The Salt Needs to Get Salty Again

By Michael Brown Published on October 8, 2017

As I’ve been doing interviews on Saving a Sick America, the same question comes up over and again: What role does the Church play in America’s moral and spiritual decline? The answer is simple: A major role!

It’s really not hard to explain.

When I check into a hotel at night, the first thing I do is look for the light switch. If I flip the switch on and nothing happens, I don’t get mad at the darkness. I say to myself, “What’s the matter with the light?”

That’s the real question we need to ask ourselves: What’s the matter with the light — meaning, what’s the matter with our light, with our witness, with our lives?

“You are the Salt of the Earth”

Consider carefully the words of Jesus. At the beginning of His famous Sermon on the Mount, He said, “You are the salt of the earth, but if salt has lost its taste, how shall its saltiness be restored? It is no longer good for anything except to be thrown out and trampled under people’s feet” (Matt. 5:13).

And what if we lose our distinctiveness? The Lord’s warning is loud and clear: we will “be thrown out and trampled under people’s feet.”

Scholars have noted that there were several different uses for salt in the ancient world, but one use was preserving and other was flavoring. Both of those speak to our role in society as followers of Jesus: We are called to be a moral preservative and we are to “flavor” the world with the words and ways of God.

And what if we lose our distinctiveness? What if we are just like the world around us? The Lord’s warning is loud and clear: we will “be thrown out and trampled under people’s feet.”

We will be disregarded, ignored, considered irrelevant, mocked, ridiculed and despised. Sound familiar?

What’s interesting is that in the three verses before this, Jesus spoke to us, His followers, about being persecuted for righteousness, saying, “Blessed are you when others revile you and persecute you and utter all kinds of evil against you falsely on my account” (Matt. 5:11).

Thrown Out and Trampled Under Foot

So, there’s an opposition we face for doing good, for standing out, for speaking the truth, for being identified with Jesus. That’s a healthy opposition, and we should rejoice when it comes our way.

It’s another thing entirely to “be thrown out and trampled under people’s feet,” but that’s largely where we find ourselves today in America. Why? Because we have thought that the way to win the world was to become like the world. Not so! We win the world by becoming like Jesus.

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We have believed that we should blend in and not rock the boat, showing the non-believers around us that we’re no different than they are. But while it’s important to be contributing members of the society, and while we’re called to be peacemakers not troublemakers, we are also called to swim against the tide and go against the grain. We are called to show the world a better way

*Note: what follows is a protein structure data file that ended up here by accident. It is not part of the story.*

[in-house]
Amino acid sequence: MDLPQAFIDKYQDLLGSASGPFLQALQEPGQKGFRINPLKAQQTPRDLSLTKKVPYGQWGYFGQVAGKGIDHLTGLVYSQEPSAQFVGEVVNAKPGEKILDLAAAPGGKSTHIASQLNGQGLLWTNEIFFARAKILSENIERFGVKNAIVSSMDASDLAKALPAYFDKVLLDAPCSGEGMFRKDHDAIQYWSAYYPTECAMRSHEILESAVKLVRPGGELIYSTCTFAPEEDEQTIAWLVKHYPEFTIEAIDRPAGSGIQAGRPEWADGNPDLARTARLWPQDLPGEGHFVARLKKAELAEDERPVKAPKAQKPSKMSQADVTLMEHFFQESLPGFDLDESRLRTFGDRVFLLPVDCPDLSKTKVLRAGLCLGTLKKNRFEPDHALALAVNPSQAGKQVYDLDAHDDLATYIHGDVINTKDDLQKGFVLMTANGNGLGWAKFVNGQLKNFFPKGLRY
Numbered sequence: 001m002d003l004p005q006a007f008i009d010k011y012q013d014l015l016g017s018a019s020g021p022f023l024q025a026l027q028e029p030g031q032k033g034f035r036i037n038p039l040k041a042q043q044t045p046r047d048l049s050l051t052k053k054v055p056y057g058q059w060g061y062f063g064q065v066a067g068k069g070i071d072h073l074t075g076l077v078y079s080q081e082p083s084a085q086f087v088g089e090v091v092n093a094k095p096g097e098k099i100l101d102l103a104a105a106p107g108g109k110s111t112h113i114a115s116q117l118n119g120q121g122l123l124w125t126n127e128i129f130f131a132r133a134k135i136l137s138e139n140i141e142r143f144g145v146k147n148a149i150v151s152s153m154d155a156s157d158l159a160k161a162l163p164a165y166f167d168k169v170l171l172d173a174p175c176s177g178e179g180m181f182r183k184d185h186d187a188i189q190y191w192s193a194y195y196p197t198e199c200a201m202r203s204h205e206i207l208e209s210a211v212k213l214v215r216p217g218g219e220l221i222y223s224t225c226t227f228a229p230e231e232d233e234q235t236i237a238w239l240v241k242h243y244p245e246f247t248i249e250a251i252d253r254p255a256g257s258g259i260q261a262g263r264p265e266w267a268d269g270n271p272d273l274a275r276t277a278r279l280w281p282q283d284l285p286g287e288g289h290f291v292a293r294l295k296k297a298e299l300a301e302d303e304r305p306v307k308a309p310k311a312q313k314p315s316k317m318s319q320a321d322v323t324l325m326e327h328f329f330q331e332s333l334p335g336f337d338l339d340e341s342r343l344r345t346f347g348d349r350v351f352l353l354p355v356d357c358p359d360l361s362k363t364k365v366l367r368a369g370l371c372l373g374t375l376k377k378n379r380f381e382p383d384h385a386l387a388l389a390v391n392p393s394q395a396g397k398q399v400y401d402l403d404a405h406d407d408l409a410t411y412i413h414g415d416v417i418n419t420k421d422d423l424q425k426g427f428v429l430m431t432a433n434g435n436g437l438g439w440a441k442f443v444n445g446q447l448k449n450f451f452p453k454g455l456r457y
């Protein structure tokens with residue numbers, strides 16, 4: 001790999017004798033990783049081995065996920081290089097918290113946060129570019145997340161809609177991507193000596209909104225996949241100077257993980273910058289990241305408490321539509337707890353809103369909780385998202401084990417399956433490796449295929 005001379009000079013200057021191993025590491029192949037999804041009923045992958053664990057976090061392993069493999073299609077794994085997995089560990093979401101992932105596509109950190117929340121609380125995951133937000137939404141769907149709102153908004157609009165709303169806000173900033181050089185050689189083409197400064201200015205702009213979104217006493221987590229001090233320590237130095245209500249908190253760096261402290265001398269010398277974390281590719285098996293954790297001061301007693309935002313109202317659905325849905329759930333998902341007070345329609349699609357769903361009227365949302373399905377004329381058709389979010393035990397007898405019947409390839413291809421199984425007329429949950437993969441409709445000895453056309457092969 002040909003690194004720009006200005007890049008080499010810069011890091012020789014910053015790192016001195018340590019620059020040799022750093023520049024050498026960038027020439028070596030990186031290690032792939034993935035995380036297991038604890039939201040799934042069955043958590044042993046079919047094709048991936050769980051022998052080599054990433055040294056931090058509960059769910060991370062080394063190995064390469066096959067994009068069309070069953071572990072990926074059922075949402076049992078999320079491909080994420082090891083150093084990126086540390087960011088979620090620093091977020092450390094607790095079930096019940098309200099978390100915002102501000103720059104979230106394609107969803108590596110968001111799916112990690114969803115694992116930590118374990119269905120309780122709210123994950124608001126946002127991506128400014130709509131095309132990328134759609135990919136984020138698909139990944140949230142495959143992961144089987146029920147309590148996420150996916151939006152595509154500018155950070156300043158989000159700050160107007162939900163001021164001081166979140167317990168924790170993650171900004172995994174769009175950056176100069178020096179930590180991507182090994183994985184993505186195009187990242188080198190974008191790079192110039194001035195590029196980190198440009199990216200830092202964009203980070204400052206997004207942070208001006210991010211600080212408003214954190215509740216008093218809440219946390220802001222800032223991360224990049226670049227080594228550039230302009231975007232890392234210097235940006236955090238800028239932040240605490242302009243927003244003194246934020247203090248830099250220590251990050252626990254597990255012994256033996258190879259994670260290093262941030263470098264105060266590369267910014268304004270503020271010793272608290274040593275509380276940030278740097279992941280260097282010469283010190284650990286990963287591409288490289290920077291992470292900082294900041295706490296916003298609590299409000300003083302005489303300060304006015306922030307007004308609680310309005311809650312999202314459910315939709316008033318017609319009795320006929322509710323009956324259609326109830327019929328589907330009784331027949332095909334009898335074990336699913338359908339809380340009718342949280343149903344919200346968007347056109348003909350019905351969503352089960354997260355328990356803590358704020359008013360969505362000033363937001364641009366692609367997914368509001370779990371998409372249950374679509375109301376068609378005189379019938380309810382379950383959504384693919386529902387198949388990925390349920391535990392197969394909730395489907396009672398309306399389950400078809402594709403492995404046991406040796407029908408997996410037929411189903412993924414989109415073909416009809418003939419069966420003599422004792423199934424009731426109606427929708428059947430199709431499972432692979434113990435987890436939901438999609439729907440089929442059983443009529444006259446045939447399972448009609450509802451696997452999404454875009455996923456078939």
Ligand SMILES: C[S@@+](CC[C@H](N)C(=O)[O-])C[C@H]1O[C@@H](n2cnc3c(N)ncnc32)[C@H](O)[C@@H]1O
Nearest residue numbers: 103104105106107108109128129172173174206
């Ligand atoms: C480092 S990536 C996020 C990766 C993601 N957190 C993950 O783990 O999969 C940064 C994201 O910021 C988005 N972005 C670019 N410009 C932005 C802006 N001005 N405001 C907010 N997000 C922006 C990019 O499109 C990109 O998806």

Sadly, many Christian leaders have put more emphasis on discovering what’s trending in society than learning what’s on God’s heart. In their quest to become relevant, they have become irrelevant.

The World Can See That We’re Different

Getting back to Jesus, He said,

You are the light of the world. A city set on a hill cannot be hidden. Nor do people light a lamp and put it under a basket, but on a stand, and it gives light to all in the house. In the same way, let your light shine before others, so that they may see your good works and give glory to your Father who is in heaven. (Matt. 5:14-16)

What strong but promising words. We cannot be hidden, for better or for worse. What kind of impact are we having? Is our light penetrating the darkness or is the darkness dimming our light?

What’s interesting is that the world still expects us to be different. They know it’s wrong when our leaders commit sexual immorality and financial fraud. “You’re a bunch of hypocrites,” the world says. When we don’t care for the poor and hurting, the world asks us, “Why not?” And they’re right to challenge us like this.

It’s time to get salty again. It’s time to let our lights shine.

But to me, that’s partly a good thing since, again, it means that the world knows we’re supposed to be different. And different, by God’s grace and in the best sense of the word, we must be.

It’s Time to Get Salty Again

D.A. Carson had this to say about our calling to be the salt of the earth:

The point is that, if Jesus’ disciples are to act as a preservative in the world by conforming to kingdom norms, if they are “called to be a moral disinfectant in a world where moral standards are low, constantly changing, or non-existent … they can discharge this function only if they themselves retain their virtue.” (Carson was quoting R.V. Tasker here.)

That, in short, is our calling. It’s time to get salty again. It’s time to let our lights shine.

If we concentrate on this, rather than cursing the darkness, our nation will be changed for the better.

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